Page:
fantasy, fiction

The Princess and the Beauty

I woke up with a story in my head. It’s a little bit of a thing, but it was fun to write. Enjoy!

Dayton Art Institute
The prancing horse

Once upon a time, in a land far, far away, a girl-babe was born. And in the manner of these things, when she was born, she was given a fairy gift. Her gift was that she would always see people as they really were. And animals, since this was a fairy-land, after all.

It came to pass that through fears for her safety, she was raised deep in the forest and almost never came into contact with people. Or perhaps it was that her gift combined with the utter honesty of a child was simply too uncomfortable for her father the King to bear. But in time she grew to her beauty, and became a woman.

One day while walking in the woods she saw a sight which dazzled her – a beautiful man was walking among the trees. She dropped her basket and called out to him, but he behaved most strangely, and evaded her in the thick trees and brush. She was not dissuaded, and returned the next day to seek him again. After a long time of wandering, she glimpsed him again, and ran towards him, crying out “oh, please don’t run, I just want to look at you!”

He practically vanished in his haste to get away, and she sank to the ground, mortified at her own behavior. How could a man be that beautiful, and what would he think of her, a mannerless girl in the woods? She didn’t think she could live if she didn’t see him again.

She was shedding a little tear, believing herself to be alone (other than the forest creatures, who she knew were discreet about such things) when she heard a terrible screaming. Snatching up her basket, she ran back toward her cottage, her skirts kirtled up above her knees. As she neared her home, she realized that the screaming and groans of agony were coming not from it and her nanny, but from beyond it, from the ring of terrible brambles and roses that had been planted for her security.

She dropped the basket in her yard, but kept the sharp knife in her hand as she kept dashing toward the screaming. No one friend or enemy should be left to suffer so. When she came in sight of the brambles she paused for a moment in dismay. A fine horse was tangled in them, hysterical with fear, and cowering under his hooves was a horribly ugly creature.

“Help me!” he cried out.

Setting her jaw, the girl came nearer the horse, talking to it to try to soothe it. As she finally caught the eye of the beast, it began to shake all over, but it stood still. She reached out with her knife and started to cut the brambles away, ignoring the way they cut her hands.

“Let me help.” A voice that sounded the way caramels taste made her jump. It wasn’t the hideous man who lay beneath the horse, still, but her handsome man from the woods.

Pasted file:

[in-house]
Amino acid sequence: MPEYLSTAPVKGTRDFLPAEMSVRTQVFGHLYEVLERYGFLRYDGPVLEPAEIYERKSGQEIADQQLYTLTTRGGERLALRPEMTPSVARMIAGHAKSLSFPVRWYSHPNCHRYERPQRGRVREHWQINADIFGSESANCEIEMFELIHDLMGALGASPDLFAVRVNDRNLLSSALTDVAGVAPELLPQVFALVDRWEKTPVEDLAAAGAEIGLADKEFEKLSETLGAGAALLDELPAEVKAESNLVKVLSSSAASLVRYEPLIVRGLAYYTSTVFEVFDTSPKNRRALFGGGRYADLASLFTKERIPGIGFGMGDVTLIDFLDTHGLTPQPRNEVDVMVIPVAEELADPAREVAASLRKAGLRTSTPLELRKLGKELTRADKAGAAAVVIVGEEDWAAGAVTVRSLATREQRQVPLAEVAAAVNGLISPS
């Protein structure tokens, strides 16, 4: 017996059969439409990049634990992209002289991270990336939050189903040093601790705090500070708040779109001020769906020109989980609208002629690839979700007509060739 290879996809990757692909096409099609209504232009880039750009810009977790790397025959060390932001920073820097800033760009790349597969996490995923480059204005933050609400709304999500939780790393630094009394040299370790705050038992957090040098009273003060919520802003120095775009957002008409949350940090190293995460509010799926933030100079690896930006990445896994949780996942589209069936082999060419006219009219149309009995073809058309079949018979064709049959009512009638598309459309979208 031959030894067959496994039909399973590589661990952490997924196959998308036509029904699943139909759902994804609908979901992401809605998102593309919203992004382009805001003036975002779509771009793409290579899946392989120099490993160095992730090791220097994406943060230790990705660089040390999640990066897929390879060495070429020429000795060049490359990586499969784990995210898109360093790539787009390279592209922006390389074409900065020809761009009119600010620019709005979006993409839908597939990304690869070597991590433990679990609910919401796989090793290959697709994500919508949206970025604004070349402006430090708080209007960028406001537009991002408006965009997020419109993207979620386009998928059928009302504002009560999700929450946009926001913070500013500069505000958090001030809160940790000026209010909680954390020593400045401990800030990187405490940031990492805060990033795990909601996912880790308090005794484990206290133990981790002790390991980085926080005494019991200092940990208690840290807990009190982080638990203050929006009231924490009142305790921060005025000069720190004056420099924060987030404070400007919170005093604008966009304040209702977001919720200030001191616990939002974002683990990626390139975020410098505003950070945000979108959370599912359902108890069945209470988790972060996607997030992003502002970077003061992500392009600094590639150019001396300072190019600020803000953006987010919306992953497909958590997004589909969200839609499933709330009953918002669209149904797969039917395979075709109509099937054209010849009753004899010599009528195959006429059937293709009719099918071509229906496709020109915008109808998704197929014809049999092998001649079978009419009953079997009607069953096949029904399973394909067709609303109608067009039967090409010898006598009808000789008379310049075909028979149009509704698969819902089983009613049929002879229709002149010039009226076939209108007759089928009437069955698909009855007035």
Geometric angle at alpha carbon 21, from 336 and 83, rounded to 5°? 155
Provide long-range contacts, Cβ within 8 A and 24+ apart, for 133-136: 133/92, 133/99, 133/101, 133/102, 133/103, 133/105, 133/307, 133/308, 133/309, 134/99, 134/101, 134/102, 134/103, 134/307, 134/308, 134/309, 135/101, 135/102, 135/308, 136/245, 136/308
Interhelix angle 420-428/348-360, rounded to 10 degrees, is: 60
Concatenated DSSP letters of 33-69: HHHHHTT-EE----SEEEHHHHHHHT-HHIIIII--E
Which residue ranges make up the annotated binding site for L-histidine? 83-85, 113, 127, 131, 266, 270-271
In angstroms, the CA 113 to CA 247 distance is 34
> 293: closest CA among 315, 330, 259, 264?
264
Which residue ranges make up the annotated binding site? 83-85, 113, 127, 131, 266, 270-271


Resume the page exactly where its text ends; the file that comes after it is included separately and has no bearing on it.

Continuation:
They worked together in silence, shoulder to shoulder. Once the ugly man realized he could, he scrambled away from his mount’s hooves in abject fear. On hands and knees he got past the two who were ministering to the animal, and he didn’t return. She didn’t care. Her hands might be bleeding, but the man of her dreams had proven himself worthy.

When the horse was finally free she led all of them to her cottage, stealing glances from under her lashes at him, marveling that a man could look like that. She tried to ignore the other, who was coming as well.

When they were nearly at the cottage, the ugly one stepped in front of her boldly. “How can you bear to look at, at that?”

He pointed an accusing finger at the focus of her gaze.

She blinked in surprise. “He is altogether lovely,” she protested. “I never thought a man could be beautiful until I saw him.”

The other gasped and reeled backward. “Mad. You’re mad, and that’s why you’re out here in the woods. You think that gnarled dwarf is beautiful.”

She turned away from the face that hurt her to look at in its rawness and oozing sores, to see the chocolate-brown eyes dancing with mirth. “I am not the one who forced his mount to attempt an impossible jump into cruel thorns. And he helped release the poor animal. Beauty is as beauty does.”

The handsomest man in the world gave a shout of laughter and seized her in a hug, lifting her off her feet and spinning her around. Then he knelt in front of her and in caramel tones asked if she would be his bride. To this day I do not believe the spell has washed from her eyes, and they rule a very happy kingdom full of people who never, ever, talk about what their King looks like on the outside.

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